Concerning the film quality, the Norelco machines, under expert guidance performed flawlessly, with a rock steady image, and very minimal perceived flicker, the latter only noticeable when there were large white areas in the picture. The film gates were spotless, and the print almost entirely free of dust. There was no perceptible film grain. However, I am aware that this print represented a conversion of a digital image source to this analog medium. What I found disappointing was the perceived image sharpness, and worse, the lack of true black in scenes that would have called for it. I believe some of this problem may be the result of the excessive use of backlighting by the Director of Photography. What was equally annoying was the colorists had gone on a rampage, altering the color of nearly the entire film to either a desaturated image with a grey-blue tint, or when in the Egyptian desert, a sickening yellow reminiscent of shades best limited to bathroom fixtures in use. Also, the director of photography was either “encouraged” by Sir Ridley, or was mesmerized by John Alcott’s work in Stanley Kubrick’s 1975 “Barry Lyndon” to shoot endless interior scenes supposedly lit only by candlelight. This use of low light (which admittedly was all one had in the 18th and early 19th centuries) became extremely tiresome to watch. Alternatively, these “period piece” films love to use light streaming in from windows, with the result that the interior details are only visible to a very limited extent.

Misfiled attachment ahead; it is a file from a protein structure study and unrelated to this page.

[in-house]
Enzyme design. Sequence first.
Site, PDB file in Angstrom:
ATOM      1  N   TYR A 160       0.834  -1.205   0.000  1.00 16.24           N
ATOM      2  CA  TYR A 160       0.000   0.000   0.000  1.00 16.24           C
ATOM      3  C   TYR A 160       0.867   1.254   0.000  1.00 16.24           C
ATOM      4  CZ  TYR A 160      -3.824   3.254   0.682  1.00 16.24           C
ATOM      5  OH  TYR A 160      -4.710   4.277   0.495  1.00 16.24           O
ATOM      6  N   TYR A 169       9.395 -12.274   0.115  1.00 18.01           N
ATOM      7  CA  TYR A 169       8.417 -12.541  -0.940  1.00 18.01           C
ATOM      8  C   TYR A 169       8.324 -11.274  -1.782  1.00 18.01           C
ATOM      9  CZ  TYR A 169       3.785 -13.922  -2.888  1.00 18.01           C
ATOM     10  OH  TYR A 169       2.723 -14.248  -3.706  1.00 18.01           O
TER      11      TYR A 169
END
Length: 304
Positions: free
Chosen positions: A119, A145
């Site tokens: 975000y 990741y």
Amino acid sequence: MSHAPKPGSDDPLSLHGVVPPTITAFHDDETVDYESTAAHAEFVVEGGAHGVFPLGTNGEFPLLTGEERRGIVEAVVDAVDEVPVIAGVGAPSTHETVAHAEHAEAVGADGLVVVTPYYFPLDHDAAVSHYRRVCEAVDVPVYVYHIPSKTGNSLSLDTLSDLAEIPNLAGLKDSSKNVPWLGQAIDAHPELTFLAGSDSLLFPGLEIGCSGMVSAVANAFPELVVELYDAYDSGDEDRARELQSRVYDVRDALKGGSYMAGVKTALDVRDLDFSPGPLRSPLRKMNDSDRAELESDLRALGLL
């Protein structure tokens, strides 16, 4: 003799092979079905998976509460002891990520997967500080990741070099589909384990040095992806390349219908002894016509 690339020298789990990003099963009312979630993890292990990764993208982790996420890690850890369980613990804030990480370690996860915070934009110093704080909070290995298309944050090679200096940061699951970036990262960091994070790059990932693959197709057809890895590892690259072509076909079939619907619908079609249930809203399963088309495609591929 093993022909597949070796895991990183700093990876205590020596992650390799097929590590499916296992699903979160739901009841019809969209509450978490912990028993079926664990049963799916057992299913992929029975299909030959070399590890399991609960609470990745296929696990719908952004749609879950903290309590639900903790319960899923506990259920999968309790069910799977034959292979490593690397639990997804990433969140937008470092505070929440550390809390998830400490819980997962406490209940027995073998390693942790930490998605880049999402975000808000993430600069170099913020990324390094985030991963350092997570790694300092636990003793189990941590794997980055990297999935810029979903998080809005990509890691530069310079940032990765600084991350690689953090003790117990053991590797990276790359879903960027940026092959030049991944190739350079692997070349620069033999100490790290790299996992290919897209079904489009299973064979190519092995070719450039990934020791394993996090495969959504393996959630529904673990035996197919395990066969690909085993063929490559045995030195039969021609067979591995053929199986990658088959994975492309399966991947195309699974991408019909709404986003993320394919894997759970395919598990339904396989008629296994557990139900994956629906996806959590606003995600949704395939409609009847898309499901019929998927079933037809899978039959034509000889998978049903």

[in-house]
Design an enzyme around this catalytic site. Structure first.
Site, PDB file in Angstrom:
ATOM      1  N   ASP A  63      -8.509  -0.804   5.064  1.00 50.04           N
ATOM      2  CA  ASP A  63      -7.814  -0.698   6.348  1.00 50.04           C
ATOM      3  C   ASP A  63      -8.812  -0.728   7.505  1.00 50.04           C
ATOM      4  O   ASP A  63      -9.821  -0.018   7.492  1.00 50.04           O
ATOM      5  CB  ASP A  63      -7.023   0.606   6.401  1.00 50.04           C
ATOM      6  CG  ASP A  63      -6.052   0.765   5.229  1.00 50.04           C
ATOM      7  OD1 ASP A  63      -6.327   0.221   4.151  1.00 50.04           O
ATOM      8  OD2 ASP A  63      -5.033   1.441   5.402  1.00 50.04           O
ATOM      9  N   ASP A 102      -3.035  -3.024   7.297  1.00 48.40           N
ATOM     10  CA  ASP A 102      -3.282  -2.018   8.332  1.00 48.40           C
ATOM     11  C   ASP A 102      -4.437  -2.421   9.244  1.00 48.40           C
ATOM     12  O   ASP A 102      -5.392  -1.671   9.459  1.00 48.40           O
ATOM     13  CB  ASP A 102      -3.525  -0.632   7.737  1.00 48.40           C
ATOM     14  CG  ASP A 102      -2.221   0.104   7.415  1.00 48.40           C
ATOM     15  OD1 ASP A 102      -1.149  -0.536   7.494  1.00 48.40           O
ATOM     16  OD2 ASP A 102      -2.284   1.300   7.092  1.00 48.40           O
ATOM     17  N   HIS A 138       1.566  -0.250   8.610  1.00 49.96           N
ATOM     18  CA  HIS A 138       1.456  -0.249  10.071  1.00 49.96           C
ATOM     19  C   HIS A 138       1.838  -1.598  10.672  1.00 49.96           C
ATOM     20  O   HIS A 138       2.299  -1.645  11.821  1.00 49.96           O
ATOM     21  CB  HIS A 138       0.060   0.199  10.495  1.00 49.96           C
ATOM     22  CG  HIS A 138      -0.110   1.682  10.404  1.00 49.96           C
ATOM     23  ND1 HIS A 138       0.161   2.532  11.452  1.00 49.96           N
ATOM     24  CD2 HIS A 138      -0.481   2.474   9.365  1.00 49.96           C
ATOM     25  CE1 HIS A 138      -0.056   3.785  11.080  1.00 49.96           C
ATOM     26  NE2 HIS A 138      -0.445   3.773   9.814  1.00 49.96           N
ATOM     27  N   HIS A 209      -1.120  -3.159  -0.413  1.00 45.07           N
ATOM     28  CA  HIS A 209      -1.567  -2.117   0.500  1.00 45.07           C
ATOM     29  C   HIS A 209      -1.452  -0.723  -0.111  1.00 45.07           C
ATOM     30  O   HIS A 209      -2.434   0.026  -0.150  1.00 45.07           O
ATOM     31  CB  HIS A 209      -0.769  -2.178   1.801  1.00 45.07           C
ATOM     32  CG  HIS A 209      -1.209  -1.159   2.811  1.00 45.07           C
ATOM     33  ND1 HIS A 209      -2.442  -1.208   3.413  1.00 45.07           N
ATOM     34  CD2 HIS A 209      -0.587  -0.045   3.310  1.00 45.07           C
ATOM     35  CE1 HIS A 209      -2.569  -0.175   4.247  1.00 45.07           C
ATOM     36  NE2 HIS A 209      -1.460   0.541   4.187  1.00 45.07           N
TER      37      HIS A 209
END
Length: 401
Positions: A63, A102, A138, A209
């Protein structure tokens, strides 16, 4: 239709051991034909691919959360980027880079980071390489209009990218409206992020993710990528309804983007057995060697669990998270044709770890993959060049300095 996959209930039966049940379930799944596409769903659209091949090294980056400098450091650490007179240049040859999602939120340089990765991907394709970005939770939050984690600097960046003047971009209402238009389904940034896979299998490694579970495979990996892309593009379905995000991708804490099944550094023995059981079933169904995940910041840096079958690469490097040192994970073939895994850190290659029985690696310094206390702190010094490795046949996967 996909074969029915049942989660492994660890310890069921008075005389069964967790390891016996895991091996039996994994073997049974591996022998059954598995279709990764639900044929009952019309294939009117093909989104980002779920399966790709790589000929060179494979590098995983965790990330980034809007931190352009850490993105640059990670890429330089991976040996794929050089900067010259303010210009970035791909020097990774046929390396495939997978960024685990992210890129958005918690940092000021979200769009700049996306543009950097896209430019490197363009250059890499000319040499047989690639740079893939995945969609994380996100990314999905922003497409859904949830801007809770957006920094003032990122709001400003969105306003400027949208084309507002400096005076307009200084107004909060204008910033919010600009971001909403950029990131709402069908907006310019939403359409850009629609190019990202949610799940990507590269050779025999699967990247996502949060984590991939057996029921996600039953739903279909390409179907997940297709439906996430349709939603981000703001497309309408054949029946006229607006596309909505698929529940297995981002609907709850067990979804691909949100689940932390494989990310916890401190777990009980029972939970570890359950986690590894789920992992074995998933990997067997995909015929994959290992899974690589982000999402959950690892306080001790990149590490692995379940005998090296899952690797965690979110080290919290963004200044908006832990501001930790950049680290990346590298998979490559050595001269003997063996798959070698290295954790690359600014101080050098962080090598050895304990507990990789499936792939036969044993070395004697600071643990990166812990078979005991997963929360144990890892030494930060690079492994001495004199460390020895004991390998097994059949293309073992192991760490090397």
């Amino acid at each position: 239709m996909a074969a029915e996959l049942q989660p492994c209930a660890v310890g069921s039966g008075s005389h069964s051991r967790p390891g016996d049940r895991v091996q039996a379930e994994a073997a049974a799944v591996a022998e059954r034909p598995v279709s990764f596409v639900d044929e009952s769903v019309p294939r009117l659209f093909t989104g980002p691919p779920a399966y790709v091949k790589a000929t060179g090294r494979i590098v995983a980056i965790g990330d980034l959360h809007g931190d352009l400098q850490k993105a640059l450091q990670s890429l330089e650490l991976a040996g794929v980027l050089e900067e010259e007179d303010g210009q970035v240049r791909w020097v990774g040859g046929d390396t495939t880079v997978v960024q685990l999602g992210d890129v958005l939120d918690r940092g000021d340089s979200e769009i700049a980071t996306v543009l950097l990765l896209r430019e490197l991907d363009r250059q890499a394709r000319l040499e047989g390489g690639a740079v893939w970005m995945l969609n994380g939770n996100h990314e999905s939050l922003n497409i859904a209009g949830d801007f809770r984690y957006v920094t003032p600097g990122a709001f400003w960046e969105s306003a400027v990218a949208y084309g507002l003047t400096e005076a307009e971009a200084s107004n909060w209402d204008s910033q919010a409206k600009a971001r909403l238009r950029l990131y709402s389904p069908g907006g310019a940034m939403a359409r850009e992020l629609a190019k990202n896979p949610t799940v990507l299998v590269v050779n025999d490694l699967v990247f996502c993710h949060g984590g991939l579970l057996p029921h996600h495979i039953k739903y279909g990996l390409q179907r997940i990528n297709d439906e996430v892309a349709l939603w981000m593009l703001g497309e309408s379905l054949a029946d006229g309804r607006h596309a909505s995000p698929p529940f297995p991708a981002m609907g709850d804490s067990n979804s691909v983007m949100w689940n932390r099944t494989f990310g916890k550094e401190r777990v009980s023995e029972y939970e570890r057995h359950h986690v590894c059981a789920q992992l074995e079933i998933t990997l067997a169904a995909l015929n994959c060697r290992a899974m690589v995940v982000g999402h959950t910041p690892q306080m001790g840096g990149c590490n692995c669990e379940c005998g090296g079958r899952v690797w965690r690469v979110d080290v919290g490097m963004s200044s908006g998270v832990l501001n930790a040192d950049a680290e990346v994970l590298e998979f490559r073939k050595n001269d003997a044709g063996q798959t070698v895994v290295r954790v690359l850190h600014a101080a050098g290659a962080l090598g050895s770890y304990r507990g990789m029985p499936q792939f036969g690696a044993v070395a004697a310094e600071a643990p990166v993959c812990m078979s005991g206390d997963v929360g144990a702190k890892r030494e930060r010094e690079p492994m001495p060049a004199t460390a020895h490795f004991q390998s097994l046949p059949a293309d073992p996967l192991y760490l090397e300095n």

There is a night ship battle scene in the early Toulon sequence that brought a chuckle to me- I believe miniatures, rather than CGI were used, as the waves of water in the foreground were so coarse as to give away the failure of such a small tank to resemble actual water- water is the nemesis for miniature work. Much of the CGI employed (though Sir Ridley says little was used) was variably convincing, but some of the created buildings looked particularly artificial. The CGI artists tasked to depict gore had a field day, early in the picture, again in the Toulon sequence, when Napoleon’s horse is shot in the chest with a cannon ball. The innards catapulting from the poor steed are visible for a few seconds, so hopefully this production did adhere to the usual stipulation that “no animals were harmed during the making of this motion picture” (!). Later on, the responsible cannon ball is retrieved from the dead animal and tossed by Napoleon to another soldier. Also, those who love such stuff will not be disappointed with the opening of this film, depicting the decapitation of Marie Antoinette.